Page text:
Soon after the May 31 announcement that Idaho native and U.S. Army Sgt. Bowe Bergdahl had been freed by his Taliban captors, some Idaho media outlets dropped professional protocols and begin referring to Bergdahl and his family with uncomfortable familiarity, using only their first names. KBOI-TV even chose to underscore its reporting with an orchestral flourish.
But within 48 hours of the announcement, things took a turn. Social media blew up with commentary--much of it from fellow soldiers--that Bergdahl's pending return as a hero was premature at best and flat-out inappropriate at worst. Idaho media may have been well-advised to refer to a 2012 Rolling Stone report from the late Michael Hastings, who painted a very different portrait of the Hailey native. Hastings presciently wrote in 2012 of a then-radical proposal to swap Bergdahl for five Taliban prisoners (BW, Citydesk, "Explosive Article on POW Bergdahl to Appear in Rolling Stone," June 7, 2012). Nearly two years to the day of that report, that's exactly what happened.
In the same 2012 report by Hastings, who died in a car accident a year later, we learned that in October 2008, Bergdahl was initially described as "a normal Joe" by his fellow soldiers. But in time, the same soldiers called Bergdahl "Mr. Intensity." In an email sent to his parents on June 27, 2009, three days before he disappeared from his post, Bergdahl wrote about his complete disillusionment with the war.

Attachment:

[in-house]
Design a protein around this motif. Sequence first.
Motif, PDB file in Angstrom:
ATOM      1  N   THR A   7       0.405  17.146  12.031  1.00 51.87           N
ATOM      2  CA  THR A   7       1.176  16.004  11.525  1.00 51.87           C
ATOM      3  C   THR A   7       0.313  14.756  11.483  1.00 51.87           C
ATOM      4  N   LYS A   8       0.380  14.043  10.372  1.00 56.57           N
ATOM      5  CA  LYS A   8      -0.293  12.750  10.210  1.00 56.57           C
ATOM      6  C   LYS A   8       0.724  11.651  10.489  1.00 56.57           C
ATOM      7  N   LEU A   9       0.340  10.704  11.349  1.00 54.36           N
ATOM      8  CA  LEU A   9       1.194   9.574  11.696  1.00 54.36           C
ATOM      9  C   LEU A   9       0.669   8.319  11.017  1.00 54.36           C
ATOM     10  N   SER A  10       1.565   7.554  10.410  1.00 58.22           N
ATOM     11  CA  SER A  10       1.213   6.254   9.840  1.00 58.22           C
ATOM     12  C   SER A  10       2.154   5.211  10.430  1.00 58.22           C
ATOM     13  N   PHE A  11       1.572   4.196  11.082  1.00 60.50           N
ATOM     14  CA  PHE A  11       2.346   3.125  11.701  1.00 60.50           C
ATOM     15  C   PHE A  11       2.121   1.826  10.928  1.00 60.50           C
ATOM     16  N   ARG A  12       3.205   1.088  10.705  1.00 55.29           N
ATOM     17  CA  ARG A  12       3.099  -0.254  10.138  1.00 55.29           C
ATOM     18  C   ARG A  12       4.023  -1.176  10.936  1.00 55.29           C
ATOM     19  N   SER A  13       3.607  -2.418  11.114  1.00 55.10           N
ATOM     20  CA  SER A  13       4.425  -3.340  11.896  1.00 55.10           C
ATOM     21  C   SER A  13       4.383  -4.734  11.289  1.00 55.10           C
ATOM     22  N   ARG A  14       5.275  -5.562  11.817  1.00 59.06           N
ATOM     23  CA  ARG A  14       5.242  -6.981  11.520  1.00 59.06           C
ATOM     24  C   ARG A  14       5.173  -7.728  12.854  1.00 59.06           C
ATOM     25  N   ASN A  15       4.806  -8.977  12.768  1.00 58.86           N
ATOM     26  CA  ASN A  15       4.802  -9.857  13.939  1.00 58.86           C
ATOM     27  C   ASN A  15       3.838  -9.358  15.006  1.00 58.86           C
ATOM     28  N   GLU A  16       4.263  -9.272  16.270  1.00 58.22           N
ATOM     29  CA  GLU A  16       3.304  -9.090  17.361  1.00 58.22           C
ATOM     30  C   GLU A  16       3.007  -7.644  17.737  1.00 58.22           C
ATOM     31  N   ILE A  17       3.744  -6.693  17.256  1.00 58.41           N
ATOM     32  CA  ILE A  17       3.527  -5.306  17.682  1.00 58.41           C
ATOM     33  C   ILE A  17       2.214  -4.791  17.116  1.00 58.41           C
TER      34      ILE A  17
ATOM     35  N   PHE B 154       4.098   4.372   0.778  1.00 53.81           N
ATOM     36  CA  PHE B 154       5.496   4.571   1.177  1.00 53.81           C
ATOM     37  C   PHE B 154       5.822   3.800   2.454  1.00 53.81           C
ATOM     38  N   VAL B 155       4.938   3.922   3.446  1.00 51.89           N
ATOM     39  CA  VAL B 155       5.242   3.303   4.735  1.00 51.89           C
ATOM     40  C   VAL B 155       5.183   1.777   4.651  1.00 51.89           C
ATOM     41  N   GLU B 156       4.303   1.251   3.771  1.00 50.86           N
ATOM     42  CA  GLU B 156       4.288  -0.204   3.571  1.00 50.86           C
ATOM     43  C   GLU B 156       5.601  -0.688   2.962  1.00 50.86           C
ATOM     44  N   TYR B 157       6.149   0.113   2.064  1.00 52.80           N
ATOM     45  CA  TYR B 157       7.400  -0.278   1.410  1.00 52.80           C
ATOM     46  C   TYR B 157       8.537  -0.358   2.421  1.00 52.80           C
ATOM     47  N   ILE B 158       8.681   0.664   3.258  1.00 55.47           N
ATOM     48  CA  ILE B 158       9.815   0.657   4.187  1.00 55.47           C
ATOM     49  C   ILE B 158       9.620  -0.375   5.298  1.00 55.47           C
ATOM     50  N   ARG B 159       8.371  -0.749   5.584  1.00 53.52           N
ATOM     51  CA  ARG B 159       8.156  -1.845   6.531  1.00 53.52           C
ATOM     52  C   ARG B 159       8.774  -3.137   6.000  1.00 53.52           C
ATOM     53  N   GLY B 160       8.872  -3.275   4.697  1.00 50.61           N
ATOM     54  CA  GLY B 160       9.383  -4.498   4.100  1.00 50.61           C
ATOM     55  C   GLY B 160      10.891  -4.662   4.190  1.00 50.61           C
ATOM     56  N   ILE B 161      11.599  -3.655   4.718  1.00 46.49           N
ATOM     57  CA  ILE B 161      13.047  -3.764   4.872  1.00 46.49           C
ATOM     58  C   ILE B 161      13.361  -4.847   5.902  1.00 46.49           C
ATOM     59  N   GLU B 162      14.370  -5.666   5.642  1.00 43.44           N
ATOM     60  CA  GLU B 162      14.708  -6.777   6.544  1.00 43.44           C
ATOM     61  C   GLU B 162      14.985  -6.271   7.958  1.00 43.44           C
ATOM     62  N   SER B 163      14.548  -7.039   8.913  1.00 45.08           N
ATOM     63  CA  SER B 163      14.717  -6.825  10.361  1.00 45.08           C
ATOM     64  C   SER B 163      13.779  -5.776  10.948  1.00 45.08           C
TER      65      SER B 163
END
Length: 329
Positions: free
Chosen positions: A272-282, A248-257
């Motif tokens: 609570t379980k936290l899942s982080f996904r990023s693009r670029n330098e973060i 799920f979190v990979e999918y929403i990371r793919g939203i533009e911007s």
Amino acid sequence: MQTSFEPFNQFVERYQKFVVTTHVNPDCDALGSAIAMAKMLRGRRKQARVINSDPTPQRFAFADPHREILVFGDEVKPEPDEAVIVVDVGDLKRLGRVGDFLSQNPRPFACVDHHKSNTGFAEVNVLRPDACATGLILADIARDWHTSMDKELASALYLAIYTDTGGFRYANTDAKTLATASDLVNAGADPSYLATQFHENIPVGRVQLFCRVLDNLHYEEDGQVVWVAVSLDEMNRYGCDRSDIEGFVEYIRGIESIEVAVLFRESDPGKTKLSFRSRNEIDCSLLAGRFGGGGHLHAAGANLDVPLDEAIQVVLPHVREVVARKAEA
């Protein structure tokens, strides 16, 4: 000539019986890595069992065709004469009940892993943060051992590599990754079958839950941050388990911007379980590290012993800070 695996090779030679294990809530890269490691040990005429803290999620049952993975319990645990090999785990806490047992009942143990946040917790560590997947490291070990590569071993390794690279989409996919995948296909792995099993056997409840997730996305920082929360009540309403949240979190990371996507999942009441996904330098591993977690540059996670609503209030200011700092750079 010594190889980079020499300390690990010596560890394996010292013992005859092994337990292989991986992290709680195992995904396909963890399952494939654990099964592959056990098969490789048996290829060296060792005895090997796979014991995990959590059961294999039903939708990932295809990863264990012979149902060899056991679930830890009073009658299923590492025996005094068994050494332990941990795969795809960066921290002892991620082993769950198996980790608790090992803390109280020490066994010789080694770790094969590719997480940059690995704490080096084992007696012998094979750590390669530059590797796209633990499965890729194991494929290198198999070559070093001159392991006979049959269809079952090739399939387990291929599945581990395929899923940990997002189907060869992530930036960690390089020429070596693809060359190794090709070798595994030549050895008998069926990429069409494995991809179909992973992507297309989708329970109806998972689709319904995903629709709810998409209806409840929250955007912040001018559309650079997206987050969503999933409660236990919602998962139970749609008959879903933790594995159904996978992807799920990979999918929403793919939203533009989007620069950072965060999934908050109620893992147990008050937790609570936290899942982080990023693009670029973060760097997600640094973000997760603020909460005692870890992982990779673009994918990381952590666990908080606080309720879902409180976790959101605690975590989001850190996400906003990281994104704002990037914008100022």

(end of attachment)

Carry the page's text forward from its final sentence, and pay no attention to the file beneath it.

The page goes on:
"Life is way too short to care for the damnation of others as well as to spend it helping fools with their ideas that are wrong," wrote Bergdahl. "I have seen their ideas and I am ashamed to even be American. The horror of the self-righteous arrogance that they thrive in. It is all revolting."
Calling the U.S. Army "the biggest joke," Bergdahl said his colleagues were "liars, backstabbers, fools and bullies."
On June 30, 2009, Bergdahl gathered up water, a knife, his digital camera and his diary, and slipped off his outpost. The following morning an acting platoon leader called in a report of a missing soldier--Bergdahl.
Nearly five years later, Bergdahl was free. Following medical treatment at Landstuhl Regional Medical Center in Germany and San Antonio's Fort Sam Houston, the Pentagon hopes for a thorough debriefing.
Meanwhile, Idaho media is expected to pull out all the stops for wall-to-wall coverage of Bergdahl's Idaho homecoming, perhaps with an orchestral flourish.